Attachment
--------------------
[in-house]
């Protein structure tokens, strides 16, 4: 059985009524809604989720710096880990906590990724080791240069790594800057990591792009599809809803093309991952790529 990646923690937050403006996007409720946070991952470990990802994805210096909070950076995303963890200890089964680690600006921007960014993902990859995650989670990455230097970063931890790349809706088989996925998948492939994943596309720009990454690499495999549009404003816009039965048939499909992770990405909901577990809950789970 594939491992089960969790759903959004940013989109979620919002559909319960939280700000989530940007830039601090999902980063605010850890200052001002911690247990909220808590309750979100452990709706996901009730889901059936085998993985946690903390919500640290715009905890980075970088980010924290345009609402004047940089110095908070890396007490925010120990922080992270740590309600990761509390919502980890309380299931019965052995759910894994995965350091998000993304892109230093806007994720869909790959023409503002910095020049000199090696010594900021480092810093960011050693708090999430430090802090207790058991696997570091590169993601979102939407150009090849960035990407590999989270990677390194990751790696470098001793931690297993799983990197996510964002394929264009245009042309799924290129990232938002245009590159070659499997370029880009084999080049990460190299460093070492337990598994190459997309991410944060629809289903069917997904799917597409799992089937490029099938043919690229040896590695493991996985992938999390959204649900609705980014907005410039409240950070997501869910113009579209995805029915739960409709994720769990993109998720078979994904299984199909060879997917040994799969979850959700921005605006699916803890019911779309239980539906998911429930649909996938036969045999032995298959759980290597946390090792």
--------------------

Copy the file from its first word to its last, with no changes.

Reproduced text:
[in-house]
């Protein structure tokens, strides 16, 4: 059985009524809604989720710096880990906590990724080791240069790594800057990591792009599809809803093309991952790529 990646923690937050403006996007409720946070991952470990990802994805210096909070950076995303963890200890089964680690600006921007960014993902990859995650989670990455230097970063931890790349809706088989996925998948492939994943596309720009990454690499495999549009404003816009039965048939499909992770990405909901577990809950789970 594939491992089960969790759903959004940013989109979620919002559909319960939280700000989530940007830039601090999902980063605010850890200052001002911690247990909220808590309750979100452990709706996901009730889901059936085998993985946690903390919500640290715009905890980075970088980010924290345009609402004047940089110095908070890396007490925010120990922080992270740590309600990761509390919502980890309380299931019965052995759910894994995965350091998000993304892109230093806007994720869909790959023409503002910095020049000199090696010594900021480092810093960011050693708090999430430090802090207790058991696997570091590169993601979102939407150009090849960035990407590999989270990677390194990751790696470098001793931690297993799983990197996510964002394929264009245009042309799924290129990232938002245009590159070659499997370029880009084999080049990460190299460093070492337990598994190459997309991410944060629809289903069917997904799917597409799992089937490029099938043919690229040896590695493991996985992938999390959204649900609705980014907005410039409240950070997501869910113009579209995805029915739960409709994720769990993109998720078979994904299984199909060879997917040994799969979850959700921005605006699916803890019911779309239980539906998911429930649909996938036969045999032995298959759980290597946390090792």